The misogyny that lies at the heart of the Marxist Left.

Zachary George Najarian-Najafi discusses the three misogynistic fallacies that many Marxists have bought into: that transwomen are women, that sex work is work, and that feminism is bourgeois.

By shifting the definition of “woman” away from a materialist one to an idealistic one, we lose the ability to define and fight the causes of women’s oppression. In its most extreme form it erases women as a class, and makes it impossible to talk about patriarchy as an existing force. Why, then, are Marxists, who are supposed to be dialectical materialists embracing a set of ideas the very opposite of dialectical materialism? To answer this, we need to look at the nature of patriarchy; it is a system that predates capitalism. As already stated above, patriarchy and class exist in a symbiosis with one another. The one cannot be eliminated without the elimination of the other.

12 thoughts on “The misogyny that lies at the heart of the Marxist Left.

  1. Deep Thinking March 4, 2018 at 04:27 Reply

    “Sexual intercourse is not a fundamental human need in the way food, water, clothing, and shelter are. Nor does intercourse in of itself help us interpret and understand the world in the way that science and art do.”

    Neither is/does chocolate; constricting labour to only the production of necessities echoes the liberal sentiment that only capitalism can raise us beyond a subsistence economy.

    • Francois Tremblay March 4, 2018 at 04:35 Reply

      Not sure how you went from “intercourse is not a fundamental human need” to “labour should only produce necessities.”

      • Deep Thinking March 4, 2018 at 05:32 Reply

        “To put it in more succinct terms, labor is the process by which human beings create, and facilitate the use, of products of social value. Does the act of sexual intercourse in of itself have social value? Does pornographic material have social value? The answer is no. Sexual intercourse is not a fundamental human need in the way food, water, clothing, and shelter are. Nor does intercourse in of itself help us interpret and understand the world in the way that science and art do. Intercourse does take on social value when its purpose is reproduction, in that case it becomes reproductive labor. It also holds social value when it becomes a means of interpersonal communication, such as intercourse between lovers, but that is not necessarily labor as it does not produce anything of wider use for a community.”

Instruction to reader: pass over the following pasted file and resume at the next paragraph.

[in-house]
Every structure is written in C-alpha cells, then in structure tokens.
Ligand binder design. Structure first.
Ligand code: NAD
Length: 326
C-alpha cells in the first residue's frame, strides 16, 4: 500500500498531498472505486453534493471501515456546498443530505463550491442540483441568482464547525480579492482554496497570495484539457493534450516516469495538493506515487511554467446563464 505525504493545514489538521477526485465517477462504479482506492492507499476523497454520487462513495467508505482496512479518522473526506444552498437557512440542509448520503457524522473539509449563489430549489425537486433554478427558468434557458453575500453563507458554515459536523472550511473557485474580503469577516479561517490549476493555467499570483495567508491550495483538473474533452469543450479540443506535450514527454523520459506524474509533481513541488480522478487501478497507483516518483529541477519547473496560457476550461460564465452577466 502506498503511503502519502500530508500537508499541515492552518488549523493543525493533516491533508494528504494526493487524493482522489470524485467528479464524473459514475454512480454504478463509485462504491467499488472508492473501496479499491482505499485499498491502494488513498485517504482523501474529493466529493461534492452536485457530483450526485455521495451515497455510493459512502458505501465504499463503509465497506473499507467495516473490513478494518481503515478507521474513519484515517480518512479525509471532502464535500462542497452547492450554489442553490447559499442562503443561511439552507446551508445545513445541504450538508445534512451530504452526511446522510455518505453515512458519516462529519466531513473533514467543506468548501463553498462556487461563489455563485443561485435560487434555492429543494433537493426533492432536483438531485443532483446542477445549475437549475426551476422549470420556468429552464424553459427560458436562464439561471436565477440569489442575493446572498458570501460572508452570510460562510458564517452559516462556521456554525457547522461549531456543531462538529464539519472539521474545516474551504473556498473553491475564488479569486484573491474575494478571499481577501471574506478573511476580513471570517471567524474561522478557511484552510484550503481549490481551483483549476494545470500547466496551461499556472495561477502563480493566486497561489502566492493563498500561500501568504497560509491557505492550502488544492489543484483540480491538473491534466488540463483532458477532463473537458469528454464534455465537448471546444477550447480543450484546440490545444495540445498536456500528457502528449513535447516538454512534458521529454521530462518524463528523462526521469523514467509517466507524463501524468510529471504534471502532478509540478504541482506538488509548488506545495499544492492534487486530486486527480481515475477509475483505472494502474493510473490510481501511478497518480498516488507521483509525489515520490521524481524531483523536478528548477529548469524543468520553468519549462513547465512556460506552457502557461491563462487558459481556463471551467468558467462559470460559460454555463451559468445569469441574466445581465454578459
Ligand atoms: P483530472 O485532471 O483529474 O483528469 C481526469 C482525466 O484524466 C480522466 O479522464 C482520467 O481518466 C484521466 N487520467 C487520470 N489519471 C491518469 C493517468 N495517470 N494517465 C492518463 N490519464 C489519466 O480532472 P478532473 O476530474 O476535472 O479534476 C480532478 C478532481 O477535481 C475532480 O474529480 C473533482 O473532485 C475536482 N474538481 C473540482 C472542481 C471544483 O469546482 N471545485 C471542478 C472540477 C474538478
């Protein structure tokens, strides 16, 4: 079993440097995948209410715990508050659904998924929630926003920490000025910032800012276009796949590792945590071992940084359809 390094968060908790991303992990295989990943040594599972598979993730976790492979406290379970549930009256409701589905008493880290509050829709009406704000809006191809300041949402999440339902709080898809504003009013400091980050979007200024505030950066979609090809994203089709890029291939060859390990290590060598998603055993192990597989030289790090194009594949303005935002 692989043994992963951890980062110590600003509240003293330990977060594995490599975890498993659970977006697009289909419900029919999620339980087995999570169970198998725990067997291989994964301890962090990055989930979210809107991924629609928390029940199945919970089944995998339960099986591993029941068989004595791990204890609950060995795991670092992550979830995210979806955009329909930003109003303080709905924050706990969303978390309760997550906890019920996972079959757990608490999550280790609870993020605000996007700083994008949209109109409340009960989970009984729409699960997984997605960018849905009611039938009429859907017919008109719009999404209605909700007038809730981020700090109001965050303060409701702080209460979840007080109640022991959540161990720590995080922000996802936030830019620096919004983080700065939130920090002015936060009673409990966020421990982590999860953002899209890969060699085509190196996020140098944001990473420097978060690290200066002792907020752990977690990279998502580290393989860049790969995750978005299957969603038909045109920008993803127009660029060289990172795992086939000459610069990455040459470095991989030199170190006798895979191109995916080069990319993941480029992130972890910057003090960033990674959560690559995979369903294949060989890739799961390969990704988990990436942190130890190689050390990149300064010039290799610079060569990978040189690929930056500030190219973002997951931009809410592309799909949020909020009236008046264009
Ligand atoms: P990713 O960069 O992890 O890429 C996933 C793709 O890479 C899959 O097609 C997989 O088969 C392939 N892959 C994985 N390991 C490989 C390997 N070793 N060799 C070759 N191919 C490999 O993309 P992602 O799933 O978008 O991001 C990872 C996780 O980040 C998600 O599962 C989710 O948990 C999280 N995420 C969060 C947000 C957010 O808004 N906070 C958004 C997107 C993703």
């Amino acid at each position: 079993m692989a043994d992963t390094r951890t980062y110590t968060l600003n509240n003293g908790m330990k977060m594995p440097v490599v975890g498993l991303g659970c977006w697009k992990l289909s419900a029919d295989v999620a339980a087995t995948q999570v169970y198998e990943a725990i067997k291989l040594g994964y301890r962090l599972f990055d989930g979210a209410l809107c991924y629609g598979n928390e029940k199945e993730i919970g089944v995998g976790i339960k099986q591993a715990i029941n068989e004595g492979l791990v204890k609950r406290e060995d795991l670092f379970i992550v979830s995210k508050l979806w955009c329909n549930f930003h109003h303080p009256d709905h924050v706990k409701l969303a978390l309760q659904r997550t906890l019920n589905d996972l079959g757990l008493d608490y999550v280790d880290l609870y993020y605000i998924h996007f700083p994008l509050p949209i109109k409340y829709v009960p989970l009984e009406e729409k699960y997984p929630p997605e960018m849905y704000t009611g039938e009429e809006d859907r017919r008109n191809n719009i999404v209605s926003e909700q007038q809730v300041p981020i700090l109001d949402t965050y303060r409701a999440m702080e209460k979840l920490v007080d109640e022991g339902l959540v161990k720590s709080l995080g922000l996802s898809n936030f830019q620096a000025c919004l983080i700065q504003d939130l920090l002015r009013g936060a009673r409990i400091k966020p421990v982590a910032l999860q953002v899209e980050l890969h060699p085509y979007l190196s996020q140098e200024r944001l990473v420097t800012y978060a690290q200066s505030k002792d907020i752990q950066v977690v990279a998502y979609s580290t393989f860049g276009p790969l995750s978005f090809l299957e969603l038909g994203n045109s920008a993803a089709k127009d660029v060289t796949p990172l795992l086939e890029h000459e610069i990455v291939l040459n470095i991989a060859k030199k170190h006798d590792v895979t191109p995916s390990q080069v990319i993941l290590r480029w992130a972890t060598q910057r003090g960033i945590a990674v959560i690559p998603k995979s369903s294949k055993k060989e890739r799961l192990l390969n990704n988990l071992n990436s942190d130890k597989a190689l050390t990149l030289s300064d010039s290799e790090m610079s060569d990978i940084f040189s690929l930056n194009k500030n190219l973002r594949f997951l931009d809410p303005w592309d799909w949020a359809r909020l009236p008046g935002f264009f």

• Francois Tremblay March 4, 2018 at 15:32 Reply

          You sure know how to quote

          • Deep Thinking March 5, 2018 at 11:11 Reply

            If only I could figure out how to italicize!!

  2. Susan Siens March 4, 2018 at 12:53 Reply

    I read the entire article and wish I could contact the author but I DO NOT DO Facebook or Google. I and other radical feminists can only roll our eyes when discussing the so-called left, and I tend to agree with my husband: they’re all a bunch of trust funders. Why else is The Federalist publishing the linked piece below

    http://thefederalist.com/2018/02/20/rich-white-men-institutionalizing-transgender-ideology/

    and not Counterpunch or Democracy Now? Doesn’t take a genius to figure that out. I agree with John Pilger that class issues must come back to the forefront of any shreds of the left that remain — and I include race and sex under the aegis of class due to the fact that people of color and women are SPECIFICALLY exploited for their labor. Women are exploited not just for sexual and reproductive labor, but unpaid and underpaid labor in general. (I’ve never met a lazier group of people than men in general.)

    Until class regains prominence in leftist activism, there will only continue to be a bad joke which calls itself the left.

    And, hey, deep thinking, it is LABOR when someone irons your shirts though it does not produce a necessity. If you think cleaning the house and doing the laundry are not LABOR, I would guess that you have never done either.